In these uncertain times we all need a little distraction from the surreal happenings in the world. Home-based photographic projects could well help with this process.
Right now many of us photographers find ourselves grounded at home, and along with much of humanity we’re also in state of uncertainty and panic. This anxiety is potentially going to do almost as much damage as the pandemic we’re currently battling against.
It’s hard to switch off and escape from the situation right now, and oh how I wish that I were back in my beloved mountains social distancing in nature, as I’ve managed to do for much of my life. But, hey, I’m holed up at home for the moment, and like many I could really use a mental break from the constant social media and news bombardment about the virus.
As well as desperately trying to push my work and to get paid through this, during a time when most of my clients are battening down the hatches or simply not paying anything more out (including backlogs) it’s also important to take some mental time out do something totally immersive, and being stuck inside meant this needs to be something out of my regular outdoor comfort zone.
Not so long ago I also found myself in a bad situation, one that left me home based for a while. I’m not quite sure what triggered my exact distraction reaction, as it was not something that was anywhere near to the top of my extensive “to do” list.
Some years earlier I’d have the idea to shoot some close up/macro imagery of bike parts, partly from a learning point, but mostly to build useful and different stock imagery for my regular cycling magazine work.
Maybe it was a YouTube video, maybe reading an article on macro photography; I really have no idea what finally forced me into making a start on this.
I’d just ordered a few new bike parts, and remembered that way back I’d also bought a small table top studio box, and years before that I’d bought a couple of LED lights with the intention of getting into video. After much scouring of old boxes I found them and then set about grasping the basics of table top macro photography – but always with the underlying aim of the images being of use to me editorially, and also to grasp a better understanding of artificial lighting.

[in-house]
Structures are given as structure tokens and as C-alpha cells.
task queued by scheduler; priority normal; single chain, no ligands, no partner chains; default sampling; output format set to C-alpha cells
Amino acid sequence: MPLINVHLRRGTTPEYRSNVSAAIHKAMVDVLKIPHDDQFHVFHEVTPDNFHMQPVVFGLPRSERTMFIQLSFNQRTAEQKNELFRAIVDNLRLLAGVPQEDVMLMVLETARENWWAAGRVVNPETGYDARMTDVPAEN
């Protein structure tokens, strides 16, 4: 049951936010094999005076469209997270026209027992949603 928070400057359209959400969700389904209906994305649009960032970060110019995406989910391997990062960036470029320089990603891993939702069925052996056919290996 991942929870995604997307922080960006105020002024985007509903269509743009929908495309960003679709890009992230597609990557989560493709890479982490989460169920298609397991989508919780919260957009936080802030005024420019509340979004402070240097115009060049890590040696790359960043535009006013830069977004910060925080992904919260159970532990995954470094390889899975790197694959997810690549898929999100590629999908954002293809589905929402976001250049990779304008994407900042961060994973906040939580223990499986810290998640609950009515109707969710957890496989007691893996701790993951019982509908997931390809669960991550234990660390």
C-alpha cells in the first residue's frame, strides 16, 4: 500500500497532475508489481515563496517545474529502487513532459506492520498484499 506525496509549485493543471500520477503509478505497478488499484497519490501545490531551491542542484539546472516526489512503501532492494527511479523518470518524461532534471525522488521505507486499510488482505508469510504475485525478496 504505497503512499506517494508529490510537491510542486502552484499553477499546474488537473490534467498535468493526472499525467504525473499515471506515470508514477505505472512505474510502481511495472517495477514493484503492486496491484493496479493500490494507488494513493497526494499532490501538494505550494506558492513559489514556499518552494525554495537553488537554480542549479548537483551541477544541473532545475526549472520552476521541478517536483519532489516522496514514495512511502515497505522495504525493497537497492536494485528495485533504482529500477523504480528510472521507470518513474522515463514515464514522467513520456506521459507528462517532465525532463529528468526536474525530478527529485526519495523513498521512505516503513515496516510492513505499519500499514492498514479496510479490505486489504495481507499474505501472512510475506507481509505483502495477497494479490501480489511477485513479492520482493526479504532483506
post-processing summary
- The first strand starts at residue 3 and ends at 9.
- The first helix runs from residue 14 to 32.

Studio and indoor photography was something that had never interested me, in fact it was something that really rubbed against my passion for the outdoors, and so I hardly expected this Blue Peter style budget experiment to end up totally consuming my time and attention for the following two weeks.
It all started out with the aim of shooting a new rear cassette and bike chain, all in clean light on black. However, with every exposure I found myself getting totally immersed and ever more curious, and learning new skills with every click of the shutter.
I had some bike lights close at hand and found some coloured hand soap containers, olive oil bottles, and anything else that I could find that I could possibly colour light sources with. In no time at all I found myself coming up with ever more complex ideas, and I started to push things further by getting more conceptual with shots – with lighting, composition and in meaning.
The whole experience was so immersive that I could think of little else for days on end. New ideas would spring to mind and keep me awake at night, which is just how I am. Hunting for rusty chains, creating oil slicks in baking trays, using mosquito coils for smoke, backlighting, side light and lots of light painting provided me with a totally immersive distraction. This was exactly what was needed at the time, and what’s more the images are also coming in very handy for inclusion in magazine feature work too, which also helps me to justify the time investment from a commercial standpoint (a bane of being freelance).
I did move on to getting to grips with some self-portraiture too. All basic stuff to many, but skills that came in very handy a week later with an athlete photo shoot I did.
Apart from a couple of extra batteries and 2 cheap light stands (ordered online) the whole (and on-going) project cost nothing but time. Not only was that time well spent from a learning and potential commercial standpoint, it ensured a self enforced distraction from outside issues and also infused me with a much needed dose of creativity in an area of photography that I’d never even considered delving into.
There’s no claiming that I’m suddenly a studio photographer or lighting genius, far from it. The whole point of this exercise was distraction, and by closely linking that distraction to my regular work genre and interests it also turned into a learning experience that makes for a win-win situation.
In these times a little offbeat photographic distraction could be just the ticket. It could well become as immersive for you as it did for me, and if you also learn new skills along the way too, and without spending out… well, give it a go. Think out of the box, or even think from inside of it.
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